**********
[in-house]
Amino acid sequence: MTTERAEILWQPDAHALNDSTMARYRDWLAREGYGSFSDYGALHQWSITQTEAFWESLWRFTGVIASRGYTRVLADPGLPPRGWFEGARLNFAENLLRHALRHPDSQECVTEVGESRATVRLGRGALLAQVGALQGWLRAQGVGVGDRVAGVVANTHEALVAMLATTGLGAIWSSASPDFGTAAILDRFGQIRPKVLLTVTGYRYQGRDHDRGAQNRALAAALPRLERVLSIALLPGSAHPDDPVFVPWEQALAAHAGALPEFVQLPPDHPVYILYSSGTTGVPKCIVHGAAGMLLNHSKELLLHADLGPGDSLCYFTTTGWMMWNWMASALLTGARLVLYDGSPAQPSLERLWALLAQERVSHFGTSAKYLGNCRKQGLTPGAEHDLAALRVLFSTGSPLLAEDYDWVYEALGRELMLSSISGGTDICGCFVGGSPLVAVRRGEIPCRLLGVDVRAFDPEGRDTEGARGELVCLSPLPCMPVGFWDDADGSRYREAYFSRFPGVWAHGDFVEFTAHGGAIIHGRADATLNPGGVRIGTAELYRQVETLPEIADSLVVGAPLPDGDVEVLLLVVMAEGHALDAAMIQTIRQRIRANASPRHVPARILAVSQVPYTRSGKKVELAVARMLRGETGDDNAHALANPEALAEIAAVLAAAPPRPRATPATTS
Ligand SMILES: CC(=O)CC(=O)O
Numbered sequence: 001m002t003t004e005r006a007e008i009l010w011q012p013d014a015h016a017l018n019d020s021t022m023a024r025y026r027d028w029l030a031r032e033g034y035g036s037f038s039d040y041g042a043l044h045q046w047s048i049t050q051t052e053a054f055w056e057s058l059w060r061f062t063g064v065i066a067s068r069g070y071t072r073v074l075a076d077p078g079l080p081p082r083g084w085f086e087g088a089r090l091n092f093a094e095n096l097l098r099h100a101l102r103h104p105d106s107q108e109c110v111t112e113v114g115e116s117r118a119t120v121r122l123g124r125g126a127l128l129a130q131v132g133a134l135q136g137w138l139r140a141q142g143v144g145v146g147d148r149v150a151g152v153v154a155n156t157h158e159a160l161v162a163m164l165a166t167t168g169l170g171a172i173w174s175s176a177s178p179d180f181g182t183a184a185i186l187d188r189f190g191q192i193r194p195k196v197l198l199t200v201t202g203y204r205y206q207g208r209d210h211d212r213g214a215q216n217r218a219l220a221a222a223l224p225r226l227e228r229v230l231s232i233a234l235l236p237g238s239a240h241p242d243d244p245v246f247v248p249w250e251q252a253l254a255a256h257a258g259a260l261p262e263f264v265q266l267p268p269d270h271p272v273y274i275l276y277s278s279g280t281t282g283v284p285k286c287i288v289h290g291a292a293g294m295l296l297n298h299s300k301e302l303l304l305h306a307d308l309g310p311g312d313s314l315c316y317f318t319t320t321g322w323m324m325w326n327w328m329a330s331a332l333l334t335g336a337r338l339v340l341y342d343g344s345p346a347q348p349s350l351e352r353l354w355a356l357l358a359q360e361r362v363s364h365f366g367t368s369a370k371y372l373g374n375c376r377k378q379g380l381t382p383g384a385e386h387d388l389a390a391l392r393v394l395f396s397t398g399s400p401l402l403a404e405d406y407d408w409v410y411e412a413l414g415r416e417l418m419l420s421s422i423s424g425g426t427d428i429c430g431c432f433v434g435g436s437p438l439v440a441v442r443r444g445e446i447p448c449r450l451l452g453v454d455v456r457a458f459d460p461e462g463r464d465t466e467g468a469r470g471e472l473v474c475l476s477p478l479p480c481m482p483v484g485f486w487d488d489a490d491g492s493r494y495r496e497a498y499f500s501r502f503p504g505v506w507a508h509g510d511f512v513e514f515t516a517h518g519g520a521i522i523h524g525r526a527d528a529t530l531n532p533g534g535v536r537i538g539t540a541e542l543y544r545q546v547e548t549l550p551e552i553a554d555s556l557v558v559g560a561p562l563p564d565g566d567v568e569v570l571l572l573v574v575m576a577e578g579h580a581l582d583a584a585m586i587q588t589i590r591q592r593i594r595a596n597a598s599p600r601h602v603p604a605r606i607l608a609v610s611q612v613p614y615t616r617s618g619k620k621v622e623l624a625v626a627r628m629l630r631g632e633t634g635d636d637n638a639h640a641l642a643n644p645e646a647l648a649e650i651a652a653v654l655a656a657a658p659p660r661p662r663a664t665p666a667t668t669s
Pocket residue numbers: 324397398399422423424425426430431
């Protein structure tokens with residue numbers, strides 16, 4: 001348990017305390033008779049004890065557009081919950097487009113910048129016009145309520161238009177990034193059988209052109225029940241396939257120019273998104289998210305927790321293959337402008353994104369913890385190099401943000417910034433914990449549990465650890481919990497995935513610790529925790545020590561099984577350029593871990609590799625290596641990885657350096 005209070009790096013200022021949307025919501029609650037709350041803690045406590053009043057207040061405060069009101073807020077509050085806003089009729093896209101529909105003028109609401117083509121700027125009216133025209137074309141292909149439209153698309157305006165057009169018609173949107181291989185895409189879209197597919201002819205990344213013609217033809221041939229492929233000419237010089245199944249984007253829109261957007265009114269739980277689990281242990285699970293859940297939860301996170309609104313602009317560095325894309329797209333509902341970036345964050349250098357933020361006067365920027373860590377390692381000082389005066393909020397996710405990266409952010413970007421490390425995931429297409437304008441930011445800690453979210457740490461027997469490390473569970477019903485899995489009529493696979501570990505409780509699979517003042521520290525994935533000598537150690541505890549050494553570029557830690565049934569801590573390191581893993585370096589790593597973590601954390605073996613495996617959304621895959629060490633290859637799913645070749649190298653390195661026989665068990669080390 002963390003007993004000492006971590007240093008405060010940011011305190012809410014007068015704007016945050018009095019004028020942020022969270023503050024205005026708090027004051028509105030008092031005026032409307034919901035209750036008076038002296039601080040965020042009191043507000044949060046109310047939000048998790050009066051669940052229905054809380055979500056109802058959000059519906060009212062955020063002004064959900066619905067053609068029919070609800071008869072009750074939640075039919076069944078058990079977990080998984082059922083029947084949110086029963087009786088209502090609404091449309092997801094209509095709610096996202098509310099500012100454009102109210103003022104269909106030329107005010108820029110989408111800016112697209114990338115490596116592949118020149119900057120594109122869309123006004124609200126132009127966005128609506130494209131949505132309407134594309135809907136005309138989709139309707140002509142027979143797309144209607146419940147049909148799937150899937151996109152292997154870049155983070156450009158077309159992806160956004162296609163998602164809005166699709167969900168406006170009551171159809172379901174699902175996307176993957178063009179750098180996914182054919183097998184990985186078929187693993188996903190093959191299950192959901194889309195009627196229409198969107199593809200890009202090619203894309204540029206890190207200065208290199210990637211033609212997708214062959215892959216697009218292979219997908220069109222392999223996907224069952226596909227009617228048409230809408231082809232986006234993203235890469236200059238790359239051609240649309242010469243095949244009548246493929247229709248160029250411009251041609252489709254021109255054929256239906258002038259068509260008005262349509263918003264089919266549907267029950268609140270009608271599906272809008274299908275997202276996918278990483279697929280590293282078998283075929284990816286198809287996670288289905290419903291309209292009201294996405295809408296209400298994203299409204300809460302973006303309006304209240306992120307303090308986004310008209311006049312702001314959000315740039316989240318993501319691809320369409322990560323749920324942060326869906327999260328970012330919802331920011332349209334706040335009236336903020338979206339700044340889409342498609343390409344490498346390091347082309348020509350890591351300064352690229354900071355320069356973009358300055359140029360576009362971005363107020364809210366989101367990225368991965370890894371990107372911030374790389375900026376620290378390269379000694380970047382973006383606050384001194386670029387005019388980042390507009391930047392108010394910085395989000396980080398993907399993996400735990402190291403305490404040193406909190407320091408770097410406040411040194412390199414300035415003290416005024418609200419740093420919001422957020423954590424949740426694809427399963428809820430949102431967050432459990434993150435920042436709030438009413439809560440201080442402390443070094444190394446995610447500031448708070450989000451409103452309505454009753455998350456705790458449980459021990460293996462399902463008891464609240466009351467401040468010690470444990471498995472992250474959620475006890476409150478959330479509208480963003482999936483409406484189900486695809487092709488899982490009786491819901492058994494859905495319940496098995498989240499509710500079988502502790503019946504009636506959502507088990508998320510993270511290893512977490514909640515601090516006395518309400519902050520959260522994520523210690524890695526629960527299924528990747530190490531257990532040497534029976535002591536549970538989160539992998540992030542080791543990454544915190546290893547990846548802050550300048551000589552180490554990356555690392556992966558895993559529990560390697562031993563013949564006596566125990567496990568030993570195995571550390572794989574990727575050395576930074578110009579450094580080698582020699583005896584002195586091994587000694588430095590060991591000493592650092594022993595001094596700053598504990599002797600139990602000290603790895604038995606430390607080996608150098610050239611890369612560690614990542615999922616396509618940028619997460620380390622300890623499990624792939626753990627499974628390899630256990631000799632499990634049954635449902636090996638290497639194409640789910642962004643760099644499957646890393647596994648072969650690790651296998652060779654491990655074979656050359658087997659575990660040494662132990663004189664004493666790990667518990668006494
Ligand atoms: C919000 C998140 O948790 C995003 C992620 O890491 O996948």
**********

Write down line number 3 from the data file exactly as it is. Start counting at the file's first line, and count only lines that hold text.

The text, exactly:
Ligand SMILES: CC(=O)CC(=O)O